Another member of the shore-based science team, Scott France, helped to dispel a common misconception—that no matter how similar they may look to plants, the organisms observed during our dives are in fact animals. As light does not penetrate into the deep sea, marine photosynthetic organisms like algae or phytoplankton that require sunlight to live and grow cannot exist at depth. The depth you will stop seeing photosynthetic organisms depends on how clear the water is: in clear tropical water, they might survive to a depth of 150-200 meters, but in water with more suspended particles, the transition will be much shallower.
One question that I found particularly interesting as I watched the dives was why do we find color in deep water where there is no light and color seemingly has no function? Shore-based scientist Chris Kelley provided an answer: a lot of organisms living in the deep have color, but it is likely not meant to be a visual signal such as camouflage or social cues. The molecules that the organisms need in their bodies for other functions reflect light when we shine it on them. Chris also pointed out that under their normal environmental conditions, there wouldn’t be any light to see the color, so the organisms would appear much differently.
After the expedition I asked the participating science leads for some of their favorite moments from the dives, and Patty Fryer, marine geologist and Leg 3 Science Team Co-lead said: “Camouflage helps animals protect themselves from predators. So to this geologist, it was fun to see a holothurian (sea cucumber) using rocks for camouflage as a way to deter predation!”
One of Diva Amon’s favorite moments included the deep-sea snail, Alviniconcha hessleri. It only lives at hydrothermal vents and is probably one of the strangest deep-sea animals. Not only does it have blue blood due to the respiratory pigment hemocyanin and gets its food symbiotically from bacteria that live in its gills, but it also has hair-like projections on its shell, the purpose of which is unknown.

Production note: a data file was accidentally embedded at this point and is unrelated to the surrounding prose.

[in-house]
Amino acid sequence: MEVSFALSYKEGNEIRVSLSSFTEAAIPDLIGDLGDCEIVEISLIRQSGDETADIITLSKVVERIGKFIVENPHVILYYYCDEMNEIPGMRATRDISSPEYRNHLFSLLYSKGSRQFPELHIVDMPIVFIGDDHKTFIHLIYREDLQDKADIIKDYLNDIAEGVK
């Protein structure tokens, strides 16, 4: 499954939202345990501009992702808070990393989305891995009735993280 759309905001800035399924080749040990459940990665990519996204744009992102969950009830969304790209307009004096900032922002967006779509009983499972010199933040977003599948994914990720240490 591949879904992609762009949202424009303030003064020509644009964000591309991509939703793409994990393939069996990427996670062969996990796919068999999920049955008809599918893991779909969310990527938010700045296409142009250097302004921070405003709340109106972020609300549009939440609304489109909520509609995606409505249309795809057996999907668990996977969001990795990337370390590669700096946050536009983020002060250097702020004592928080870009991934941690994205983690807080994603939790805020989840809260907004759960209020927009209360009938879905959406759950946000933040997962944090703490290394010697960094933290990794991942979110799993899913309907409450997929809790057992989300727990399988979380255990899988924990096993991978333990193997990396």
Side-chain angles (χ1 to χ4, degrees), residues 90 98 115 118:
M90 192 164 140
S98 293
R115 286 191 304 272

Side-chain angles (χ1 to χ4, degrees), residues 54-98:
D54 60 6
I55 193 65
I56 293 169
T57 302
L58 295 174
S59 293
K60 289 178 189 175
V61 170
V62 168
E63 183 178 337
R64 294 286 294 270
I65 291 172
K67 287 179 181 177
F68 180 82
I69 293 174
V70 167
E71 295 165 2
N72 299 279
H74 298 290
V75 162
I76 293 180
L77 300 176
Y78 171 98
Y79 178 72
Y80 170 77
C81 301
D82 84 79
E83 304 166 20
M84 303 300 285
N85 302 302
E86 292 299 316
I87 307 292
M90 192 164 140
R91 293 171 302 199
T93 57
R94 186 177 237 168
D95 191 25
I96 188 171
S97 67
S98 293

Shirley Pomponi, Leg 3 Science Team Co-Lead and sponge expert, was fascinated by this unusual sponge. Most sponges feed by filtering small particles, like bacteria, from the water. But in the deep sea, where food is scarce, some sponges have become carnivores. Microscopic siliceous spicules form a Velcro-like surface that traps small crustaceans and polychaetes. The sponge then uses specialized cells to engulf and digest its prey.
Last but not least, I used to think of the deep sea as barren and devoid of life, but the abundance, diversity, and sheer beauty of life at depth that we observed was truly stunning. For example, this beautiful cnidarian—which resembles a sea anemone, but is actually a Relicanthus—is not only striking but also exhibits fascinating behaviors. It feeds itself by extending its long tentacles for up to two meters into the current to catch food floating by and then retracts the tentacles to move the food to its mouth.
This was truly a fascinating expedition! Every day was filled with new discoveries and glimpses of a world that is dark and cold, yet filled with life. Okeanos Explorer’s next adventure takes us to the Wake Atoll area of the Pacific Remote Islands Marine National Monument. Join us live for more marvels of the deep sea as we keep exploring the unknown!